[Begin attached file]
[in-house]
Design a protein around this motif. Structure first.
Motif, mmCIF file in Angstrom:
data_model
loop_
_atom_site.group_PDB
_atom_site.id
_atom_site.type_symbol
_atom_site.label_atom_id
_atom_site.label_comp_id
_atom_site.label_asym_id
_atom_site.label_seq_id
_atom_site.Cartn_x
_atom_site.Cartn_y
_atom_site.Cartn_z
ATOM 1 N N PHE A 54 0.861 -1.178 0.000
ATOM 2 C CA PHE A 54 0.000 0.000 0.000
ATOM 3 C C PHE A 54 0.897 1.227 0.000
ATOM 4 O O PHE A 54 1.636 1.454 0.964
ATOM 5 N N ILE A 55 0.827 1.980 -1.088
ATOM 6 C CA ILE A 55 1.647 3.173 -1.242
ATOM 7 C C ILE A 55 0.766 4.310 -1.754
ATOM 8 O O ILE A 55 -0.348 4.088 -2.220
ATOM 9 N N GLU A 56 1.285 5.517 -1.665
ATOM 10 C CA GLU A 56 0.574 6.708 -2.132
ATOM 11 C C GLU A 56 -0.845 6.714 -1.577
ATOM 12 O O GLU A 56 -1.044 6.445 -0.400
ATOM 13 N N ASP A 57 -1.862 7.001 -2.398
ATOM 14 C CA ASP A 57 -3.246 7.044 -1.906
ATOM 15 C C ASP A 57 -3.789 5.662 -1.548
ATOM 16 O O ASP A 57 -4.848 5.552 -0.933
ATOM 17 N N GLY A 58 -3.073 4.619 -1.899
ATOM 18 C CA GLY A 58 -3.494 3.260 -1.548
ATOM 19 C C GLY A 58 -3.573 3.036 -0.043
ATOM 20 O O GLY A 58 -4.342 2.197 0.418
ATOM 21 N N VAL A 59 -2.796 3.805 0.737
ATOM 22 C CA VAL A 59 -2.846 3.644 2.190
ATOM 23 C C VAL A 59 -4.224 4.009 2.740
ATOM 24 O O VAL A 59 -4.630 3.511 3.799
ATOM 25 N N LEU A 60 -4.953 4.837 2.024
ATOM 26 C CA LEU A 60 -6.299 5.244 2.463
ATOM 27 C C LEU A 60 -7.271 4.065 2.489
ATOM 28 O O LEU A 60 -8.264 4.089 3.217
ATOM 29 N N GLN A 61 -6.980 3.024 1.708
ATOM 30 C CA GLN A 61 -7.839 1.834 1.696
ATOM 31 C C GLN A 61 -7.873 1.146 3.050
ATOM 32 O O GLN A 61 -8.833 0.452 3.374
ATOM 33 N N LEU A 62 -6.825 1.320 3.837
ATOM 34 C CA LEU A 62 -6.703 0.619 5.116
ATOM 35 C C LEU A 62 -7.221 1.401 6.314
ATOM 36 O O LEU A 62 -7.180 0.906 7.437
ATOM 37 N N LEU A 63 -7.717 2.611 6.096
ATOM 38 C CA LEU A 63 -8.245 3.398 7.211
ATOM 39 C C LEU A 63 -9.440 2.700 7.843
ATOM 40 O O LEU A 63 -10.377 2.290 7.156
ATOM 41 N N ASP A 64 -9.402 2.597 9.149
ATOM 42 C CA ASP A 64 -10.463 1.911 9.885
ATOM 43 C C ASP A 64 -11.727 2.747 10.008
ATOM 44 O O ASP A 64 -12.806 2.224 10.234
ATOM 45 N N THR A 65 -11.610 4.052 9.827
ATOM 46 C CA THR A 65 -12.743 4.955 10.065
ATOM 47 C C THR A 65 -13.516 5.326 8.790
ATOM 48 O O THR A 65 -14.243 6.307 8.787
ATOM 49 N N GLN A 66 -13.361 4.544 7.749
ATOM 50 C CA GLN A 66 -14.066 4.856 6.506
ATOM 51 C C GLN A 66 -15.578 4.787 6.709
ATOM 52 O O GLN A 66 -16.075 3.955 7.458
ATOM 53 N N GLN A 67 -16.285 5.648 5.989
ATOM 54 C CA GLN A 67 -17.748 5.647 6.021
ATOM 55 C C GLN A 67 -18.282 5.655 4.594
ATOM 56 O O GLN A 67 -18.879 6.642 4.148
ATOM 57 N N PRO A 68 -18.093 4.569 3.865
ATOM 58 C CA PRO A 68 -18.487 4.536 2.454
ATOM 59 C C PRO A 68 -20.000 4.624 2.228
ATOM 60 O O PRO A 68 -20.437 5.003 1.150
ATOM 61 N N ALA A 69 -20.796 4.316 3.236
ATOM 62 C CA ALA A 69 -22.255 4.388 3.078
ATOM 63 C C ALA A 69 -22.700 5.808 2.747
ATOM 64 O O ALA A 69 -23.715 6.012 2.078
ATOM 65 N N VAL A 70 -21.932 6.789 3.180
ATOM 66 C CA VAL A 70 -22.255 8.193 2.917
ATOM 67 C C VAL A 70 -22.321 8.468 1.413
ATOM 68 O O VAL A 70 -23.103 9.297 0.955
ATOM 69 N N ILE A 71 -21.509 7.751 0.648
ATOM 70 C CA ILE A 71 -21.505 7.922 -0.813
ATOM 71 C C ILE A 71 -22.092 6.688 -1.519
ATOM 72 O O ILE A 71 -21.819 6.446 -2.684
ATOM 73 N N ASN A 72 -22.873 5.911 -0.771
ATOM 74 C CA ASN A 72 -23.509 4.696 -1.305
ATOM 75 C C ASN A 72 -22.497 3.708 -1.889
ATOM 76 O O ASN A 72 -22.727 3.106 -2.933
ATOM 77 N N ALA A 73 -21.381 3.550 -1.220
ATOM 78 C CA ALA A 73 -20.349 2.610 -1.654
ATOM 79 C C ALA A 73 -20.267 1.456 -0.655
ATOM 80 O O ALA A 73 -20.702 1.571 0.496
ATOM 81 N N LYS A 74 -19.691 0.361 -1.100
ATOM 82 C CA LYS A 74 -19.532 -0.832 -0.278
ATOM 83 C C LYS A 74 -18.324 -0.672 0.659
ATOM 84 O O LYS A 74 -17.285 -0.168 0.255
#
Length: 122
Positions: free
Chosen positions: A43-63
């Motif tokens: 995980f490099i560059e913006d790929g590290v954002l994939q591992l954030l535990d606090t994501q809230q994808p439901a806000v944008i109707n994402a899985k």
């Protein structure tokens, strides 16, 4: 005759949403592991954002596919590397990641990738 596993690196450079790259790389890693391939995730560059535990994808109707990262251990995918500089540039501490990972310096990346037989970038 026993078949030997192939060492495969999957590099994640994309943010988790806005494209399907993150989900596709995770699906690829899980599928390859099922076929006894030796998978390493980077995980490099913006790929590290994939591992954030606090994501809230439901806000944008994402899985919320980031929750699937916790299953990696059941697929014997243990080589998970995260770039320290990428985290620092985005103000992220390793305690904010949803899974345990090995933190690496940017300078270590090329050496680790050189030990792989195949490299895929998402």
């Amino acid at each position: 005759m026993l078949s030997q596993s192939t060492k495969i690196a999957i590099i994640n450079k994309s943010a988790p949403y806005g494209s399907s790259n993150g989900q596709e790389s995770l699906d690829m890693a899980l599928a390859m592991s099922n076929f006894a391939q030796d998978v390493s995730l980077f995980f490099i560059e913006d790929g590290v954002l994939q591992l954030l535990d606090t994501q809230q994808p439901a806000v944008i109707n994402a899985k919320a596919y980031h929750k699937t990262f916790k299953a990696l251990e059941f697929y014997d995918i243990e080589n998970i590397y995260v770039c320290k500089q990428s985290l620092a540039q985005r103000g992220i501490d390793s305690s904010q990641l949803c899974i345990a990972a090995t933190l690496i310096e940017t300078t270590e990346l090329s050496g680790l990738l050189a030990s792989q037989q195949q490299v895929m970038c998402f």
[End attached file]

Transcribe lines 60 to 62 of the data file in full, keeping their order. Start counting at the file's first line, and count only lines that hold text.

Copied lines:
ATOM 45 N N THR A 65 -11.610 4.052 9.827
ATOM 46 C CA THR A 65 -12.743 4.955 10.065
ATOM 47 C C THR A 65 -13.516 5.326 8.790